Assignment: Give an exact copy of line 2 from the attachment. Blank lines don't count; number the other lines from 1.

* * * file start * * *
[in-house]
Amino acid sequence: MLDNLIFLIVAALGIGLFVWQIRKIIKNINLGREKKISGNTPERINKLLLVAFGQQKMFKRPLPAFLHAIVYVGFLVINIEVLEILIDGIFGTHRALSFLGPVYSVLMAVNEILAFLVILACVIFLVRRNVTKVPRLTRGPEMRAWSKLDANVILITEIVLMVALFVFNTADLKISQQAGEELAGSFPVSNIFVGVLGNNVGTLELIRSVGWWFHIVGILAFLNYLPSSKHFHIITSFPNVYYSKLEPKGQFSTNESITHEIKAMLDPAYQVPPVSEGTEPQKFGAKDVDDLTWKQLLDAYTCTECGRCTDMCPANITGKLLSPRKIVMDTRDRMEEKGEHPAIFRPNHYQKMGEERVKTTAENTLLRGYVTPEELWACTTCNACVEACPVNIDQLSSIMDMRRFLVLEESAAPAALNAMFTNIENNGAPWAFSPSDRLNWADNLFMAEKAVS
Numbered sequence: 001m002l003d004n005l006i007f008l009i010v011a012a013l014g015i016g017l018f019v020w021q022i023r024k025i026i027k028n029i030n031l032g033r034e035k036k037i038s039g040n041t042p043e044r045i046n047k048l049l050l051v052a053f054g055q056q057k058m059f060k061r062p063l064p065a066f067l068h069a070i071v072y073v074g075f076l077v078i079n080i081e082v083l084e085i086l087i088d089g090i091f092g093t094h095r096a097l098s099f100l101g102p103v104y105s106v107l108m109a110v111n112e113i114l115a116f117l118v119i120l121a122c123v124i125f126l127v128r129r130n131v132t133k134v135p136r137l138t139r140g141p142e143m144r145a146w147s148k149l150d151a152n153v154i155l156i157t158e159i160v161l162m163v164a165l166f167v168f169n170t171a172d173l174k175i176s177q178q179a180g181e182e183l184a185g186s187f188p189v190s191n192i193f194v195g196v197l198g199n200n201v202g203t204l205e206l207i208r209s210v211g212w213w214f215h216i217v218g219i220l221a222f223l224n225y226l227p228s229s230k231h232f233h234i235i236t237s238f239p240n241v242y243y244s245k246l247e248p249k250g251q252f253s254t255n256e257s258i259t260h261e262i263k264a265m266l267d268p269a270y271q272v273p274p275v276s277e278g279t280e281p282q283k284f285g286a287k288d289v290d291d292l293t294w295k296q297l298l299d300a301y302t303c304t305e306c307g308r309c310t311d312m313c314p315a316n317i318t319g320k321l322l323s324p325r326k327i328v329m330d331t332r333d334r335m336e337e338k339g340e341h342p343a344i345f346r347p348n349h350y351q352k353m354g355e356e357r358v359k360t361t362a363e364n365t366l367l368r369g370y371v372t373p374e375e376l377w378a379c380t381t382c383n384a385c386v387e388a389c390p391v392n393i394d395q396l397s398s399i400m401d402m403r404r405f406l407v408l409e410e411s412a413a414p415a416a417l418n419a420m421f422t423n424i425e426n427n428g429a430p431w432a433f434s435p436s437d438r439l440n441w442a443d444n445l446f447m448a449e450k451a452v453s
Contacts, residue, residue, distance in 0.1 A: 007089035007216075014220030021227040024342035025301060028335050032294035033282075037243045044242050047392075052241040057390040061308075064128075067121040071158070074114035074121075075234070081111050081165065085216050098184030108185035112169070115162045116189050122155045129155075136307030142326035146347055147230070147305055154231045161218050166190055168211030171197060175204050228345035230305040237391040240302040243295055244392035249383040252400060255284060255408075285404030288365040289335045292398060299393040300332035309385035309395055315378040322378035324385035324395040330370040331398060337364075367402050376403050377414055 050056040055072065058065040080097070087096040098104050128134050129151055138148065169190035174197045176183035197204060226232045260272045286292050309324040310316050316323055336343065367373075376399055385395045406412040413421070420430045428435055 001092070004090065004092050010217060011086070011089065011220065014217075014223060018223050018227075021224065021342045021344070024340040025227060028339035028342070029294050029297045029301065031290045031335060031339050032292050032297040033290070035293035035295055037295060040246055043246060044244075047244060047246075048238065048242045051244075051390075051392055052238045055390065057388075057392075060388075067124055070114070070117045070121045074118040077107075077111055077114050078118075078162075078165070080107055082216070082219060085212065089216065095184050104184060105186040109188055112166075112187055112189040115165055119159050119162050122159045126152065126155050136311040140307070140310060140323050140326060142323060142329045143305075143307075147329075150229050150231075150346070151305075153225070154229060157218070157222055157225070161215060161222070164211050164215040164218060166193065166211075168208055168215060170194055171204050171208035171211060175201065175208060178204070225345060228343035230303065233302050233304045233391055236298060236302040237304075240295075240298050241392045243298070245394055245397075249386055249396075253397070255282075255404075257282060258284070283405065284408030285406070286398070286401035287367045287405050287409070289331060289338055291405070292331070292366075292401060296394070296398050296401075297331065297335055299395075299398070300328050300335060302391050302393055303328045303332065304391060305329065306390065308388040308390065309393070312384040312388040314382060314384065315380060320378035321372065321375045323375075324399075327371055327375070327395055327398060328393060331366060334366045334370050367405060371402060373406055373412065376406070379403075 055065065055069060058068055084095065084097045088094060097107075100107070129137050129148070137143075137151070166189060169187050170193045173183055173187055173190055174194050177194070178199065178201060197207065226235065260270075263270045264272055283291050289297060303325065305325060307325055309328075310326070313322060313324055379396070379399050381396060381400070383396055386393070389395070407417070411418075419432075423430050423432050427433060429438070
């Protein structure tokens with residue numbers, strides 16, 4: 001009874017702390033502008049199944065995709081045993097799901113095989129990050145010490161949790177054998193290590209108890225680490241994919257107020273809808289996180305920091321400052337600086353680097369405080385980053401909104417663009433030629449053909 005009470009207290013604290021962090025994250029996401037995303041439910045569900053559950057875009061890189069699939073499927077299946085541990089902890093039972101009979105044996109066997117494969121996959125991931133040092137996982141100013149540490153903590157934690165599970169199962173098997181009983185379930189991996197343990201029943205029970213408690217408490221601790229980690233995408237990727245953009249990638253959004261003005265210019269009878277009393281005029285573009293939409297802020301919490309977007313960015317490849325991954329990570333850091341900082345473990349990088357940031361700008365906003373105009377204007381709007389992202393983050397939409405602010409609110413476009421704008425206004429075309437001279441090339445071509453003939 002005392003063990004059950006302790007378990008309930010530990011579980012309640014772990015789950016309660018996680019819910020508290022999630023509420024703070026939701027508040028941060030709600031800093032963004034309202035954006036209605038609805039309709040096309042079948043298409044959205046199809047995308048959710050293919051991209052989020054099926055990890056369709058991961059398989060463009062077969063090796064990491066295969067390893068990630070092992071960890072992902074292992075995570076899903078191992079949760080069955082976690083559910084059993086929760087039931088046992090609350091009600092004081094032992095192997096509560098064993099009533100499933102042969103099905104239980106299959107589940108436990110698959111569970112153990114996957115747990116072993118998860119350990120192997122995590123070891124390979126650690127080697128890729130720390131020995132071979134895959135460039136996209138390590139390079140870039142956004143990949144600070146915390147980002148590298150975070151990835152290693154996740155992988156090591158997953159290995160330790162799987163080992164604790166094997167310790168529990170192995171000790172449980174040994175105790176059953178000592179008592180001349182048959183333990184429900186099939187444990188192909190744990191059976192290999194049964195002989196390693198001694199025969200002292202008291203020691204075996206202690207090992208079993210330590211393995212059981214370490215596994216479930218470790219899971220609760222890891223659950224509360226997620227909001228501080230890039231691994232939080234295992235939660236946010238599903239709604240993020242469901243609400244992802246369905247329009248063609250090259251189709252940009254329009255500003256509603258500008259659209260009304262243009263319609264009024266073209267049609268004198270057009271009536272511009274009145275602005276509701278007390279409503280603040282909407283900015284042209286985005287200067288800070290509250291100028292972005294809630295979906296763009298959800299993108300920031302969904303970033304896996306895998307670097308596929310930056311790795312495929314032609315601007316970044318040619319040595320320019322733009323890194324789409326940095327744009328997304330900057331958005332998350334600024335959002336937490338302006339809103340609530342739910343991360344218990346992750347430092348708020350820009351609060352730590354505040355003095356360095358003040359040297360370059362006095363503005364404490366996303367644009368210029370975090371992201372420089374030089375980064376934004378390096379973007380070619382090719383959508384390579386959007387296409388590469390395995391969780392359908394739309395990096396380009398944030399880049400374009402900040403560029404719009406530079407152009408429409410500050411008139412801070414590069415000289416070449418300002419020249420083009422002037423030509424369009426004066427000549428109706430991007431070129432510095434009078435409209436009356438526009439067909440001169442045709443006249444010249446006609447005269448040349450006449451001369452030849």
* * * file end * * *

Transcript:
Amino acid sequence: MLDNLIFLIVAALGIGLFVWQIRKIIKNINLGREKKISGNTPERINKLLLVAFGQQKMFKRPLPAFLHAIVYVGFLVINIEVLEILIDGIFGTHRALSFLGPVYSVLMAVNEILAFLVILACVIFLVRRNVTKVPRLTRGPEMRAWSKLDANVILITEIVLMVALFVFNTADLKISQQAGEELAGSFPVSNIFVGVLGNNVGTLELIRSVGWWFHIVGILAFLNYLPSSKHFHIITSFPNVYYSKLEPKGQFSTNESITHEIKAMLDPAYQVPPVSEGTEPQKFGAKDVDDLTWKQLLDAYTCTECGRCTDMCPANITGKLLSPRKIVMDTRDRMEEKGEHPAIFRPNHYQKMGEERVKTTAENTLLRGYVTPEELWACTTCNACVEACPVNIDQLSSIMDMRRFLVLEESAAPAALNAMFTNIENNGAPWAFSPSDRLNWADNLFMAEKAVS